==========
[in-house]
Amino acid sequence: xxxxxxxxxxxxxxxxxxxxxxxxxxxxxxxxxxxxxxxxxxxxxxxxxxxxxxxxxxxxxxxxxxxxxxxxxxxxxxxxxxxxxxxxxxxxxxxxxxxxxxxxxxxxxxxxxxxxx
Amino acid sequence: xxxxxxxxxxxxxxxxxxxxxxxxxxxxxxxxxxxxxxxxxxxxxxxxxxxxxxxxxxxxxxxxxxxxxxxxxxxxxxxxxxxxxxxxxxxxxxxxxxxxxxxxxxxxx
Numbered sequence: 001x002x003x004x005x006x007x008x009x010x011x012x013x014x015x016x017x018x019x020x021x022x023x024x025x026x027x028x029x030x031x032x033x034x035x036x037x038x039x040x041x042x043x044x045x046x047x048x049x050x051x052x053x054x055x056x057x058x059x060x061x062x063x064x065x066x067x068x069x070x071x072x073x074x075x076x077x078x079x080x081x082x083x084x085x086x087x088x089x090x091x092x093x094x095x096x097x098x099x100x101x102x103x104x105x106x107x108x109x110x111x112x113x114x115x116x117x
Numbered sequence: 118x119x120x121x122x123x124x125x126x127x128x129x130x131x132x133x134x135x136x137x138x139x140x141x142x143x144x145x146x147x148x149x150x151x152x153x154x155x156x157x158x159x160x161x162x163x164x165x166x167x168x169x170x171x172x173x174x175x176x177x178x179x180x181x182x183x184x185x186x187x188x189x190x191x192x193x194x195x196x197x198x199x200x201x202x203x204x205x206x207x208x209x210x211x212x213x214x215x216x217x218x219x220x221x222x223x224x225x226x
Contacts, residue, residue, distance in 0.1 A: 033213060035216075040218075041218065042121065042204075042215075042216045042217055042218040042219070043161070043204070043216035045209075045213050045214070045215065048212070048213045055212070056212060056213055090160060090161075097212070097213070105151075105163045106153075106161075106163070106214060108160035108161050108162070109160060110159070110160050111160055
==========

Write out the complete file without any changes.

[in-house]
Amino acid sequence: xxxxxxxxxxxxxxxxxxxxxxxxxxxxxxxxxxxxxxxxxxxxxxxxxxxxxxxxxxxxxxxxxxxxxxxxxxxxxxxxxxxxxxxxxxxxxxxxxxxxxxxxxxxxxxxxxxxxx
Amino acid sequence: xxxxxxxxxxxxxxxxxxxxxxxxxxxxxxxxxxxxxxxxxxxxxxxxxxxxxxxxxxxxxxxxxxxxxxxxxxxxxxxxxxxxxxxxxxxxxxxxxxxxxxxxxxxxx
Numbered sequence: 001x002x003x004x005x006x007x008x009x010x011x012x013x014x015x016x017x018x019x020x021x022x023x024x025x026x027x028x029x030x031x032x033x034x035x036x037x038x039x040x041x042x043x044x045x046x047x048x049x050x051x052x053x054x055x056x057x058x059x060x061x062x063x064x065x066x067x068x069x070x071x072x073x074x075x076x077x078x079x080x081x082x083x084x085x086x087x088x089x090x091x092x093x094x095x096x097x098x099x100x101x102x103x104x105x106x107x108x109x110x111x112x113x114x115x116x117x
Numbered sequence: 118x119x120x121x122x123x124x125x126x127x128x129x130x131x132x133x134x135x136x137x138x139x140x141x142x143x144x145x146x147x148x149x150x151x152x153x154x155x156x157x158x159x160x161x162x163x164x165x166x167x168x169x170x171x172x173x174x175x176x177x178x179x180x181x182x183x184x185x186x187x188x189x190x191x192x193x194x195x196x197x198x199x200x201x202x203x204x205x206x207x208x209x210x211x212x213x214x215x216x217x218x219x220x221x222x223x224x225x226x
Contacts, residue, residue, distance in 0.1 A: 033213060035216075040218075041218065042121065042204075042215075042216045042217055042218040042219070043161070043204070043216035045209075045213050045214070045215065048212070048213045055212070056212060056213055090160060090161075097212070097213070105151075105163045106153075106161075106163070106214060108160035108161050108162070109160060110159070110160050111160055